The case of the US current account is a good example. Most people assume the size of the deficit is a potential problem for the world's most powerful economy, with important implications for the value of the dollar and other global financial assets. So it probably is, but you do not need to spend much time shifting through the mountains of investment research that crosses most professionals' desk to be told the reality may not be quite as simple as it appears.

For a start, if you add together all the world's balance of payments figures, the figures quickly show that the world appears to be trading at a deficit with itself, to the tune of some $300 billion every year. This is the amount that has simply gone missing from the world's economic database.

Opinions differ over how big the real US deficit would be if it were possible to measure trade and capital flows more accurately. But it is certainly not unreasonable to think, given the size and dynamism of the US economy, a good deal of the US shortfall is made up by surpluses on services that have simply not been recorded in the statistics. Nobody really knows.

Then there is an interesting phenomenon, pointed out two months ago by Bill Miller, of Legg Mason, among others. While the US clearly has the largest current account deficit in absolute terms, as a percentage of GDP, its current account is actually smaller than it is in a number of other countries. In some of these countries, currencies (unlike the dollar) have been rising, not falling, and financial markets have been leading the global markets forward strongly for the past two years.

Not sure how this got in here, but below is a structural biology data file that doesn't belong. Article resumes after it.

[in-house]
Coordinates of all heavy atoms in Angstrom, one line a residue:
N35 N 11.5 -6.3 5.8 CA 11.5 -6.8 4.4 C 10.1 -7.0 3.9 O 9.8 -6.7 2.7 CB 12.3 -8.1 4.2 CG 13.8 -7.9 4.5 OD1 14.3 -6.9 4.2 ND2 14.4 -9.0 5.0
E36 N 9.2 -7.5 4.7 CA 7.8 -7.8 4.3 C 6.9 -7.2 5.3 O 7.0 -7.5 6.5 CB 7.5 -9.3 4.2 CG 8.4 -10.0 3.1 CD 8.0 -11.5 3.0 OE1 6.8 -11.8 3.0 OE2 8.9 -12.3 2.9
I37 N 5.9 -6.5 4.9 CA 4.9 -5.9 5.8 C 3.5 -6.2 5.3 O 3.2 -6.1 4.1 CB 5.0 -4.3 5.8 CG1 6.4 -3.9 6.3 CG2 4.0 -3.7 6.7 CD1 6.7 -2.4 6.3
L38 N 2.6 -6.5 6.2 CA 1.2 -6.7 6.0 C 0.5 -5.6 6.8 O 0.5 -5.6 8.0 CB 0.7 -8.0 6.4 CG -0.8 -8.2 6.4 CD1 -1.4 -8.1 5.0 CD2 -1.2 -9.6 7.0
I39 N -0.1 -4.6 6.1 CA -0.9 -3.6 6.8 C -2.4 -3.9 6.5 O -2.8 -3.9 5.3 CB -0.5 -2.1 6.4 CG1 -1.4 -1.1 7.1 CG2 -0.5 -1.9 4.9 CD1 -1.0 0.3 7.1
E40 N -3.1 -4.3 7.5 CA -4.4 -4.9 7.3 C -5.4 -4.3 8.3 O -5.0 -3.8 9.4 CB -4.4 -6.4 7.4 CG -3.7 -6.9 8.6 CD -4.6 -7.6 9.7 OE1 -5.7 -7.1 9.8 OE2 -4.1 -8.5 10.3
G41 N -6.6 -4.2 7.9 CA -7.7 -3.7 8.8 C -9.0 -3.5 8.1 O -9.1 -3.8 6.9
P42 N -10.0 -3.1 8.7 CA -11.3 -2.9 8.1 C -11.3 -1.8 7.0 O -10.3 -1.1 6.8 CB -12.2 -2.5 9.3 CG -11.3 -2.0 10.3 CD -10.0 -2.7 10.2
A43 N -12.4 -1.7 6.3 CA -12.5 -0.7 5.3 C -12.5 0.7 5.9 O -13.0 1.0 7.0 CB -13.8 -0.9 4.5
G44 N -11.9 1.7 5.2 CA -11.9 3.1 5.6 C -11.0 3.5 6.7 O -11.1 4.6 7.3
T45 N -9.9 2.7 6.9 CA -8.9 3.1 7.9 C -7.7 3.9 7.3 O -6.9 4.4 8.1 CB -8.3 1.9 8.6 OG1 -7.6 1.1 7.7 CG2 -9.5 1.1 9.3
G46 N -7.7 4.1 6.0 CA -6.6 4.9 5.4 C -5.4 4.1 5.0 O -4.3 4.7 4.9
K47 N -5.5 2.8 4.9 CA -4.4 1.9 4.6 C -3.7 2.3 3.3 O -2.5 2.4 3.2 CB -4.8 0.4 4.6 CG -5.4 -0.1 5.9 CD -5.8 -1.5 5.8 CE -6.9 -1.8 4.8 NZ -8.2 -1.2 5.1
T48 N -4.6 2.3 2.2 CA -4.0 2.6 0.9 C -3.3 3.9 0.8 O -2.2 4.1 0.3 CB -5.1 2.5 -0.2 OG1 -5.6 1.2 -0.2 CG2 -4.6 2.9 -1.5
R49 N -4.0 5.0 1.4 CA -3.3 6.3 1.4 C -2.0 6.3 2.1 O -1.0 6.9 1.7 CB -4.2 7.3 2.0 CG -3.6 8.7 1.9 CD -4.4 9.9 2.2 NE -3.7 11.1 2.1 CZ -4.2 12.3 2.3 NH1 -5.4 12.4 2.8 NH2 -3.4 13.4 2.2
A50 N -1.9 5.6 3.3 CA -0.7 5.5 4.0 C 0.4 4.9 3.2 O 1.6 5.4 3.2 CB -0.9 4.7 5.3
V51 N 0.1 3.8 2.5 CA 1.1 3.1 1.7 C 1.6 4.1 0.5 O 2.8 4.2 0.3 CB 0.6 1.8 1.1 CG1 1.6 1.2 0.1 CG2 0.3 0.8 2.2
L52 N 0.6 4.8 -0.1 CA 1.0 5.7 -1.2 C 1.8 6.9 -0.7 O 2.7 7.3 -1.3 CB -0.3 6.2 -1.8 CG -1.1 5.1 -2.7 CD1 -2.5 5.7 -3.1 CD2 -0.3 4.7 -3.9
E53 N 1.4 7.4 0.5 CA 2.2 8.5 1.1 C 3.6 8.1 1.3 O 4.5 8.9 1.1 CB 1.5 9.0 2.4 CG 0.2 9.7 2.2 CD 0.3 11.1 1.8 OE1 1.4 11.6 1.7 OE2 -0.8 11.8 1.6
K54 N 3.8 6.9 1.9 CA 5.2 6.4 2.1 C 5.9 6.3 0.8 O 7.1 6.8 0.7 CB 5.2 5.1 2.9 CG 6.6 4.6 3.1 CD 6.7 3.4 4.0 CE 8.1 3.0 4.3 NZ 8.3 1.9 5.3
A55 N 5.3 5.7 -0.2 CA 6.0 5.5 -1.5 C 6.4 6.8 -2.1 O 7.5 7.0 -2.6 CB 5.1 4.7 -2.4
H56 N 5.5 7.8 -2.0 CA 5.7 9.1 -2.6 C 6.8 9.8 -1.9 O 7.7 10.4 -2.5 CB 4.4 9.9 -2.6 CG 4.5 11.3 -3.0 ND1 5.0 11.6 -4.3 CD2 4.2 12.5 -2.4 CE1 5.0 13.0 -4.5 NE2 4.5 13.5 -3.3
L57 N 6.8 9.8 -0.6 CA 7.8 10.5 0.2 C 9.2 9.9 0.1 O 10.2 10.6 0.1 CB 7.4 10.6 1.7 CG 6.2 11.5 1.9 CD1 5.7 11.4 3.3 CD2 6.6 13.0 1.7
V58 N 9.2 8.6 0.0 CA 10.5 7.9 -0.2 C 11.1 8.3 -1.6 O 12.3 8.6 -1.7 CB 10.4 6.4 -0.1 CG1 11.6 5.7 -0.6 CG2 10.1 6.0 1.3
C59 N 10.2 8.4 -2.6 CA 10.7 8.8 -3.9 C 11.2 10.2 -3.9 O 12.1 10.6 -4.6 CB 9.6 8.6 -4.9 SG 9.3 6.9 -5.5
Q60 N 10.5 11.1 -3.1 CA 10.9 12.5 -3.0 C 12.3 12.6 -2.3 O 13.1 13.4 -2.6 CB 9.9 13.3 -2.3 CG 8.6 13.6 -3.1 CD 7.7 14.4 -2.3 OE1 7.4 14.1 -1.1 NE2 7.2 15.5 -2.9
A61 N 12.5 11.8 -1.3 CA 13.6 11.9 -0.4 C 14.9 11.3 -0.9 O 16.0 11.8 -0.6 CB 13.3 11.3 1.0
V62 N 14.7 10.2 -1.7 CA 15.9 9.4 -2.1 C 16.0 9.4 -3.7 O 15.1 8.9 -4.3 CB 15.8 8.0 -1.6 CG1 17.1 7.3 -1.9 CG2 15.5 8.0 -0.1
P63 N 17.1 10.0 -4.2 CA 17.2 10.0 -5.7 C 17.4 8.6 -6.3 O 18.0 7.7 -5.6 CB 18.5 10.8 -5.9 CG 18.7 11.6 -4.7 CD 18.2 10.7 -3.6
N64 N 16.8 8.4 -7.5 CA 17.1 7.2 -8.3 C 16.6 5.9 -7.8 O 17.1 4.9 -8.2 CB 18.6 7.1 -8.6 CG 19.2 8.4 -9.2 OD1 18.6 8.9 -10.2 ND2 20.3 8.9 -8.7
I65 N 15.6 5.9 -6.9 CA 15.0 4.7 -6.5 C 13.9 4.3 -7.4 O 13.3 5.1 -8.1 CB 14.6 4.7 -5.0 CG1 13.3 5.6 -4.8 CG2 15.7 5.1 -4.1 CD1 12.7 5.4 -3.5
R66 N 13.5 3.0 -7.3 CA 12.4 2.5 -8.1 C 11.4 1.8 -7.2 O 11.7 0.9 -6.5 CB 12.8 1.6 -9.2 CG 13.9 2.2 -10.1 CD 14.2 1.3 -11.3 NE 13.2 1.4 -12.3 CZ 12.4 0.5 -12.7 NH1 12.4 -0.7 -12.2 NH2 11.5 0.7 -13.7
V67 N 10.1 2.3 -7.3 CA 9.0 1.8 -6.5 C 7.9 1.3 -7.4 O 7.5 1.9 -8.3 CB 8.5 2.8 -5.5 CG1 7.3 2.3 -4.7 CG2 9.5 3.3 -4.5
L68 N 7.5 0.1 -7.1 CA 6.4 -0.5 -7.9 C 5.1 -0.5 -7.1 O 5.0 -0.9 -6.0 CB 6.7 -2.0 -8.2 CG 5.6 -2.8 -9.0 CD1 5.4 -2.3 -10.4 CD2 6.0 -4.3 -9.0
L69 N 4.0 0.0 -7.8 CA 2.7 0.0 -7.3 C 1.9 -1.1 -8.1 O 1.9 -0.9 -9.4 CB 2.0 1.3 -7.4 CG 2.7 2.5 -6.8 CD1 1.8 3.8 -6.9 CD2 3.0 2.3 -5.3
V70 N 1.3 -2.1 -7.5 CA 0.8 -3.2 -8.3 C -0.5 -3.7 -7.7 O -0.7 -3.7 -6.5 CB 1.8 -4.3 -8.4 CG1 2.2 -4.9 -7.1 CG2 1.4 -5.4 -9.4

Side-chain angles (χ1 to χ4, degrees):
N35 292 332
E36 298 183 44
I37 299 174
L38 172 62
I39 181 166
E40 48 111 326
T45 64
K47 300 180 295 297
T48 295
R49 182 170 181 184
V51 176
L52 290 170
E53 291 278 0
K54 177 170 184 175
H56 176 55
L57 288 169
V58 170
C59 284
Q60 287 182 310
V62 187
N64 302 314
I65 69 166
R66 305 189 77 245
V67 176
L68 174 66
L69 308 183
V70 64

Australia is a good example. If there is a correlation between current account deficits and currency movements, in other words, it is not a simple one-way correlation.

As far as investors are concerned, at different times different factors may become more important than you first thought. With currencies, one such factor is clearly the comparable level of interest rates in different countries.

A general problem is that market prices are in practice set not by changes in fundamental economic data, but by how those relate to what the market was expecting. Hence the paradox that if every investor appears to think that the dollar must fall (as happened towards the end of last year), the chances are that it will rise, simply because there are no sellers left in the market.